1. Mitch (and anyone else)…what are your thoughts on this. I find the idea that the Lt Gov’nr spot, but never the Gov’nr, has to be a female so idiotic. It is soooo condecending. To me it says “well, we don’t really want a woman on the ticket, but I have to put one somewhere and only the Lt Governor postion is open”.

    I never liked Skip Humphrey, but have to give him credit for having the balls to pick who he wanted to be his running mate, not exclude 50% of the potential picks because of gender.

  2. There’s only one reason why Pat Pariseau shouldn’t be governor: she doesn’t want the job. (She ever changes her mind, she’s got my vote, and all the shoe leather I’ve got walking from door to door.)

  3. So what is “female clout”?

    After almost 26 years of marriage, my conclusion is absolute power.
    Absolutely.

  4. Funny Mitch, I remember you saying you voted for Reagan the SECOND time – I thought in the past that meant you had admitted to voting for Carter in 1980 – or were you not old enough? I was 16 in 1980 – you?

    Either way, if you think, for a moment, you picked the better candidate in 2000, you’re freakin insane. Gore was 10,000 times better than Bush on policy, on ethics, on integrity, on bipartisanship, on foriegn policy. Bush has been a disaster – hands down.

    Undoubtedly you also voted for GHWB in 1992, and Dole in 1996, and, outside the fact that Clinton was slimey, I think the record shows pretty well who the better President was between Bush the Greater and Clinton. Between Dole and Clinton, I liked Bob Dole – but I’d have to give Clinton the nod for his prior work at that point.

  5. Gender bias, btw, certainly isn’t a good thing – men can represent women, women, men. Blacks can represent whites, whites can represent blacks – contrary to what the blacks of Milwaukee thought in 1990.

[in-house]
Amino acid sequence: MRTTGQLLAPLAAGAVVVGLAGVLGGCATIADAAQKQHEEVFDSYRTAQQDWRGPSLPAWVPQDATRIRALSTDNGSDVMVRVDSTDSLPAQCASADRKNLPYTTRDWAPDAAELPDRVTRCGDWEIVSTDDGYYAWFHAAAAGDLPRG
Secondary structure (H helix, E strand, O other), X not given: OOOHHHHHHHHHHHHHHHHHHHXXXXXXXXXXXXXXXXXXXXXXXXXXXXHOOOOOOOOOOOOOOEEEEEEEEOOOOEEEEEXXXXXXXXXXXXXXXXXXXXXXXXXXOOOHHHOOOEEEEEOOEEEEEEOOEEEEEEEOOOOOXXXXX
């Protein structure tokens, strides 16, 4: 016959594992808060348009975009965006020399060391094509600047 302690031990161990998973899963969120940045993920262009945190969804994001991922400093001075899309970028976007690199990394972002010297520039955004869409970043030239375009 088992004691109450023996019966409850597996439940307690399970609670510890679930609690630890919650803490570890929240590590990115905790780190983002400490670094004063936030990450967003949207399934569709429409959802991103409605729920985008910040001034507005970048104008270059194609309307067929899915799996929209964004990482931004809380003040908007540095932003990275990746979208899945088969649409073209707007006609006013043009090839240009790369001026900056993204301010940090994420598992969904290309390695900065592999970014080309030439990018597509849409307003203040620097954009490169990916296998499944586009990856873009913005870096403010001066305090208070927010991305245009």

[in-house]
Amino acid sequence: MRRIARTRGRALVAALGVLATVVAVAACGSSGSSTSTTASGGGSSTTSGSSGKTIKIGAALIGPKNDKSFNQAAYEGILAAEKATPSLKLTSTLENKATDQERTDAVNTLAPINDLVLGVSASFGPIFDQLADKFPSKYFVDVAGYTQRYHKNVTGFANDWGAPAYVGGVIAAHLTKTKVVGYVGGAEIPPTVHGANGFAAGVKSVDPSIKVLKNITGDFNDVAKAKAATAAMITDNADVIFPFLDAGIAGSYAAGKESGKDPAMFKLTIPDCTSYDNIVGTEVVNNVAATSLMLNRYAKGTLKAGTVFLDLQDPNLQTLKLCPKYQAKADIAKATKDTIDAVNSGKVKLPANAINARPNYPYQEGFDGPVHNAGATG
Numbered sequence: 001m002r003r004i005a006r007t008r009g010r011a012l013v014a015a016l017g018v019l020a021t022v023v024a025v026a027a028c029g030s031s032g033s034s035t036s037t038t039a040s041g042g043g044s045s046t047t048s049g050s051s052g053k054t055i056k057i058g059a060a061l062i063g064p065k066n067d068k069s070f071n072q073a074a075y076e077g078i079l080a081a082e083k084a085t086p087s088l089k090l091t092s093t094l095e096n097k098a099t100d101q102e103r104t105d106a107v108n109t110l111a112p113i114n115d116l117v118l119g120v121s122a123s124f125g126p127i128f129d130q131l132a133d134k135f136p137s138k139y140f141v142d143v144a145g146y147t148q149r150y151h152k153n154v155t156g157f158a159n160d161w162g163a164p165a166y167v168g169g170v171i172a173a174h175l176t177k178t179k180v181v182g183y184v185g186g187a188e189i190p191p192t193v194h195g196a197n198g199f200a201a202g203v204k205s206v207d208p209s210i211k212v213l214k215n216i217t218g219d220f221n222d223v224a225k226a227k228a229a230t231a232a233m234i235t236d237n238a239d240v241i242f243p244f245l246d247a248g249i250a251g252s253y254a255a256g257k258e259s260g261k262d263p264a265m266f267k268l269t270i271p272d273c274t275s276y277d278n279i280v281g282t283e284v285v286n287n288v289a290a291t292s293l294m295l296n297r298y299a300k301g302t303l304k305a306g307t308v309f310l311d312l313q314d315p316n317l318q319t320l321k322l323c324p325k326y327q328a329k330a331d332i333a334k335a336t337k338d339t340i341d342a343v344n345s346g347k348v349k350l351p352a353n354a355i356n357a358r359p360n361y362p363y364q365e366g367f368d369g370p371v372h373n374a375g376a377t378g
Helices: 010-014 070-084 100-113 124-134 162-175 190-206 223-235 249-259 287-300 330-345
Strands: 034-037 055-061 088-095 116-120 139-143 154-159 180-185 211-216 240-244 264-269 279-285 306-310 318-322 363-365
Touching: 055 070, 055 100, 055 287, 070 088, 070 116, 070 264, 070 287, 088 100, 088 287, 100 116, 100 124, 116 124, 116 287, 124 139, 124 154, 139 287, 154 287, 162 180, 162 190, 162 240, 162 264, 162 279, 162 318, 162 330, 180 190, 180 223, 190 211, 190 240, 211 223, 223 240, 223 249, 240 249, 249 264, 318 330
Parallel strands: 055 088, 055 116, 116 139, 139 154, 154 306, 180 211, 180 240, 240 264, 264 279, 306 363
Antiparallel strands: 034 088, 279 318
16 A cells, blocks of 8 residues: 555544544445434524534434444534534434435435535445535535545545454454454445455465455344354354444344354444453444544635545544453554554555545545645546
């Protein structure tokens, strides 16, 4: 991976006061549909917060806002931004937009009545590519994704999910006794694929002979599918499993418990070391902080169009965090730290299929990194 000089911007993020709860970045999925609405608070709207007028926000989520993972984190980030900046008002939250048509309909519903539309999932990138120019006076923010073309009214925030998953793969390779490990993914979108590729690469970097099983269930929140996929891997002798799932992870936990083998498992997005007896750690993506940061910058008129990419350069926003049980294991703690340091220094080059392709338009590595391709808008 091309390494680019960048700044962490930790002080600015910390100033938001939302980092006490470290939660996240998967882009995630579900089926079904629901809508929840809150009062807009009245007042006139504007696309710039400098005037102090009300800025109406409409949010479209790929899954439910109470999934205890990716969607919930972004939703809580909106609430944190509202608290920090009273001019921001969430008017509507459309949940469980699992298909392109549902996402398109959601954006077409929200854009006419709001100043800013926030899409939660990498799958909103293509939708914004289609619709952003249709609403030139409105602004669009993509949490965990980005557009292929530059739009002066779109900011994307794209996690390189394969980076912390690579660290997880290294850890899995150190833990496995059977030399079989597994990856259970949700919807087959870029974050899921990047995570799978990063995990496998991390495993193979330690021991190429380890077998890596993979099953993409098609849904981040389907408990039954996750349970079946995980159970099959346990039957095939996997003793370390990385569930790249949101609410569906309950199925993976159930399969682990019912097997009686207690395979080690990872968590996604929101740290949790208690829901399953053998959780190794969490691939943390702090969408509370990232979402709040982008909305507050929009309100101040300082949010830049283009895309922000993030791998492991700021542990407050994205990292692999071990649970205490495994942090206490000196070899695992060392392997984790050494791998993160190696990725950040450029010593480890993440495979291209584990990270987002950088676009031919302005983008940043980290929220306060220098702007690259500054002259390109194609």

That said, it IS rather ironic to hear a conservative who downplayed Kerry’s service, claiming Bush’s lack of service wsan’t an issue – then support a man (McCain) – who rather than address the issue of the woeful state of foriegn affairs and his complicity in underfunding it – berate Obama strictly on the point of Obama’s lack of a service jacket.

    Now, I happen to think it’s just maybe possible that a civilian can do the job of President – seemingly Ronald Reagan was someone you liked- and to claim he was a serviceman is a little bit of a stretch even you I think would avoid. Shall we follow McCain’s example and reduce every point to simply whether or not you are a ‘member of the club’? If so, I guess then Barack can’t be President – he’s not white, and McCain will never fully or well represent blacks, or hispanics.

    Talk about infantile logic – or maybe it’s just that he doesn’t want to talk about the issue.

  6. “Gore was 10,000 times better than Bush on policy, on ethics, on integrity, on bipartisanship, on foriegn policy.”

    Gonna need some proof on that.

  7. I will never forget how NOW aided and abetted Frank Lautenberg’s smear campaign against Millicent Fenwick.

  8. Pingback: 2008 Shootie Awards | Shot in the Dark